The UN program on HIV/AIDS (UNAIDS) reported Wednesday a steady decline in worldwide HIV infection rates for the second consecutive year. In 2011, 56 countries reaching stable or declining rates of new HIV infections, the "Together We Will End AIDS" report noted.
Currently, around 34.2 million people live with HIV globally. The report noted progress in the availability of antiretroviral treatment to the poor as one of the most important shift in HIV/AIDS policy.
"In 2011, more than 8 million people living with HIV in low and middle income countries were receiving antiretroviral therapy, up from 6.6 million people in 2010 - for an increase of more than 20 percent," the report noted.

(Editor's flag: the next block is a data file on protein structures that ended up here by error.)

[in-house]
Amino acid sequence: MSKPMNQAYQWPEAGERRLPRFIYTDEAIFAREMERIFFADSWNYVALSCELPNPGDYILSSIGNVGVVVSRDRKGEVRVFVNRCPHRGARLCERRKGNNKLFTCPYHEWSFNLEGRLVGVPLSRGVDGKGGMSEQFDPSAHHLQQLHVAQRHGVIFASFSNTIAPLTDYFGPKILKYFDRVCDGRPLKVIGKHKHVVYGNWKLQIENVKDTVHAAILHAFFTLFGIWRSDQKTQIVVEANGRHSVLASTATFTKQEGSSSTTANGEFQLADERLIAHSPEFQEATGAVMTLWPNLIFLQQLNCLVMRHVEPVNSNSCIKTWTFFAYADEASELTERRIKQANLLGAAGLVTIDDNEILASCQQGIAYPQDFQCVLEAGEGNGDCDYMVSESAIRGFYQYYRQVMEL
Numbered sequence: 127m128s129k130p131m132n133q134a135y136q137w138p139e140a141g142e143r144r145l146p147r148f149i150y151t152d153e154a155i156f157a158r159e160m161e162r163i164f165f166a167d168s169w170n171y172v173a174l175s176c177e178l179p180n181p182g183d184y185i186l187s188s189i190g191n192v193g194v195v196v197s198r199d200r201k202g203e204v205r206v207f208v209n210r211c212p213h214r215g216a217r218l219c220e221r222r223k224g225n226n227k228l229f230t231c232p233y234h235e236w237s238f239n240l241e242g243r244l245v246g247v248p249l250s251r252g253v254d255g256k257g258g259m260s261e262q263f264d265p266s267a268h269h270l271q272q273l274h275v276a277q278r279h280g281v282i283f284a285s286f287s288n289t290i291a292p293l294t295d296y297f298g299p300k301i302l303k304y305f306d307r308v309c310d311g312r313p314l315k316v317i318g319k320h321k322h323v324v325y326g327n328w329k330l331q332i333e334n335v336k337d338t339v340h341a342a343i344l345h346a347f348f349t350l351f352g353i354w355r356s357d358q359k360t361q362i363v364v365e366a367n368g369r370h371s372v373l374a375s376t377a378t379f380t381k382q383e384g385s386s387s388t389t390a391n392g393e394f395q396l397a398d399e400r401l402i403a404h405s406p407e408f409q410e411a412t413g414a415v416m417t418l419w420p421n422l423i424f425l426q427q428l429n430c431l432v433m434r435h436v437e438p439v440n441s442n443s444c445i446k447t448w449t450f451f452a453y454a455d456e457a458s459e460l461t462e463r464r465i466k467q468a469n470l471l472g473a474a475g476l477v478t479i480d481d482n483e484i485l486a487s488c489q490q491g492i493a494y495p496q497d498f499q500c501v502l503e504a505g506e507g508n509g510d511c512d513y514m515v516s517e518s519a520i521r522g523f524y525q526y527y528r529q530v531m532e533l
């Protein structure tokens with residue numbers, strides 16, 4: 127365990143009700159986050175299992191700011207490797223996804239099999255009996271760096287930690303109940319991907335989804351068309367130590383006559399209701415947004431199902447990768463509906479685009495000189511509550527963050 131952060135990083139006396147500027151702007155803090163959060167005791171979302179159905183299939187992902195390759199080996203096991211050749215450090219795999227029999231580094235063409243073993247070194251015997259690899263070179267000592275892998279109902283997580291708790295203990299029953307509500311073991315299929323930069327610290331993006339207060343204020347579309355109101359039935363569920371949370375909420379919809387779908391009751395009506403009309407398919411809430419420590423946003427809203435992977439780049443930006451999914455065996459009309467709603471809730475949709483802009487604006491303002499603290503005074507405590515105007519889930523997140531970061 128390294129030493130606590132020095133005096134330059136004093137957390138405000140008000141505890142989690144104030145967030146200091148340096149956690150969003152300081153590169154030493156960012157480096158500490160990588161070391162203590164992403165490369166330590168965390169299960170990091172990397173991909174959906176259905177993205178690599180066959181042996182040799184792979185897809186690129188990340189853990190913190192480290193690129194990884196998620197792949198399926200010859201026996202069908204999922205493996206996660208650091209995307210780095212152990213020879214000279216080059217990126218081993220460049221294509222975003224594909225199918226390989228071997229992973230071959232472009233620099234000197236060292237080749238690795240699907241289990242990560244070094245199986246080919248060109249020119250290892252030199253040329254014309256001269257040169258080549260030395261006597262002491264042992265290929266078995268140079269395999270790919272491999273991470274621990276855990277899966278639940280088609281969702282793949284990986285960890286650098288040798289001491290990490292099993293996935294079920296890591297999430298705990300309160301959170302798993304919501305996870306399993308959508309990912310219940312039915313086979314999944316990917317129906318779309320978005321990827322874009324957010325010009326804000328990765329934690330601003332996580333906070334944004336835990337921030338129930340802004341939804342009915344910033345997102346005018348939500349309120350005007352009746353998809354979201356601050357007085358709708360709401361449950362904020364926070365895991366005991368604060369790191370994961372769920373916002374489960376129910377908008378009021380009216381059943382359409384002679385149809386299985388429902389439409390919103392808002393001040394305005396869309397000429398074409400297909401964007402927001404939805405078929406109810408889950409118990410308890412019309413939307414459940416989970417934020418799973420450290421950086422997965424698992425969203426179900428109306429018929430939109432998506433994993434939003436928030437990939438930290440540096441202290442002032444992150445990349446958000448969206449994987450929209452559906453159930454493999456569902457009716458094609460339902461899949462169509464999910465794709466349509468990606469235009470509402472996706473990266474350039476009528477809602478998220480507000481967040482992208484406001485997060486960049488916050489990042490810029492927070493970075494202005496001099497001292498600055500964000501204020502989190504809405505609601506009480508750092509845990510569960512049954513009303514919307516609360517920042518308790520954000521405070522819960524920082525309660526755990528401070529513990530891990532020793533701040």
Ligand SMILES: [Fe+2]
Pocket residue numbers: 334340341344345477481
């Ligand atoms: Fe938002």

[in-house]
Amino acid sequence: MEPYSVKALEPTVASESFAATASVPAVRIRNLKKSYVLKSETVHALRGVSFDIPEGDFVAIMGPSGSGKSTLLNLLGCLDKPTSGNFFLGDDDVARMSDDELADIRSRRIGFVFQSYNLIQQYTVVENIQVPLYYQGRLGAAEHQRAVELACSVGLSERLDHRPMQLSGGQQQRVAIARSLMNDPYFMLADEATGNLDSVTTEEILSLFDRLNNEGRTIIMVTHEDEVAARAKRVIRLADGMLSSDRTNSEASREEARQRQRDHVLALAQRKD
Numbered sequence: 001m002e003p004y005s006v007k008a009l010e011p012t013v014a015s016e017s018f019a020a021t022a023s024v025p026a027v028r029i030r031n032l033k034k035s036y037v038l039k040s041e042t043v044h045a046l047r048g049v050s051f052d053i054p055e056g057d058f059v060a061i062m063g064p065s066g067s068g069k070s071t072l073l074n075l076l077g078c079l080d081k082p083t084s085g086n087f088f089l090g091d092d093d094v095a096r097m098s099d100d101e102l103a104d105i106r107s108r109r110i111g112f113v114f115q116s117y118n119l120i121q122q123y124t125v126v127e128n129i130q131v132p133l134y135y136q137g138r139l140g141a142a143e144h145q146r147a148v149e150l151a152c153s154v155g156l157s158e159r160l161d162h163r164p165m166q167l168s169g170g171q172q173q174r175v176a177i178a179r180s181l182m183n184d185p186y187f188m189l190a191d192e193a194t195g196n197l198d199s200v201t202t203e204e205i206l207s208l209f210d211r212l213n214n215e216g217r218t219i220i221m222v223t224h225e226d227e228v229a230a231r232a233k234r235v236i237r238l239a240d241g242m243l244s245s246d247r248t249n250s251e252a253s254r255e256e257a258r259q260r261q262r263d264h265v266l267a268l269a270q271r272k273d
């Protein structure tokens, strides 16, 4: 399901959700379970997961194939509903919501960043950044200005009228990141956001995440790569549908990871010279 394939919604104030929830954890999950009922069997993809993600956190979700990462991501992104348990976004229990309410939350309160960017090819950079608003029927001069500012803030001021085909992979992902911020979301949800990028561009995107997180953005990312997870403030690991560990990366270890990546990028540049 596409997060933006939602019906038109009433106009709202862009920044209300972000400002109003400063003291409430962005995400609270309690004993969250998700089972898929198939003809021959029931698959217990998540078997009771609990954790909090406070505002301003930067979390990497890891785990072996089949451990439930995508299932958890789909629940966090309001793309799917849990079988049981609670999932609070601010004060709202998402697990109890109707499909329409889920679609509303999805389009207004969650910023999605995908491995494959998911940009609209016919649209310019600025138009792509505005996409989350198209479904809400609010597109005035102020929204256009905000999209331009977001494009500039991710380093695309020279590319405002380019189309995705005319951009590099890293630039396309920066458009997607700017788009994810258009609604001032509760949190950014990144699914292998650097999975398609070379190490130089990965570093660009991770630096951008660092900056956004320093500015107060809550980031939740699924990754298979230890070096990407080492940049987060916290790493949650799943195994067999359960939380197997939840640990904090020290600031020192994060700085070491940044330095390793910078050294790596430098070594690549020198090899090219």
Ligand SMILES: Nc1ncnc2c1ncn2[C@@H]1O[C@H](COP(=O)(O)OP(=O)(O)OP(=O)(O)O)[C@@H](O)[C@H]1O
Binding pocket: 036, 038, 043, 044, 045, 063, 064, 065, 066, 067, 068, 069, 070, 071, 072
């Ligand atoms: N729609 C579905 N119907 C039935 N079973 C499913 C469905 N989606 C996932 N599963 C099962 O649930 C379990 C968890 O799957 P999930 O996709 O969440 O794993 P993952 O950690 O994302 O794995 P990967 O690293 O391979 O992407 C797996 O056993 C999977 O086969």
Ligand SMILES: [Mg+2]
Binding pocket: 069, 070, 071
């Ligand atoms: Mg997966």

The report also noted progress in the reduction of transmission to children.
"Of the estimated 1.5 million pregnant women living with HIV in low and middle income countries in 2011, 57 percent received effective antiretroviral drugs to prevent transmission of HIV to their children-up from 48 percent in 2010."
The stated purpose of the task force is to achieve "a future of zero new HIV infections, zero discrimination and zero AIDS-related deaths."
by RTT Staff Writer
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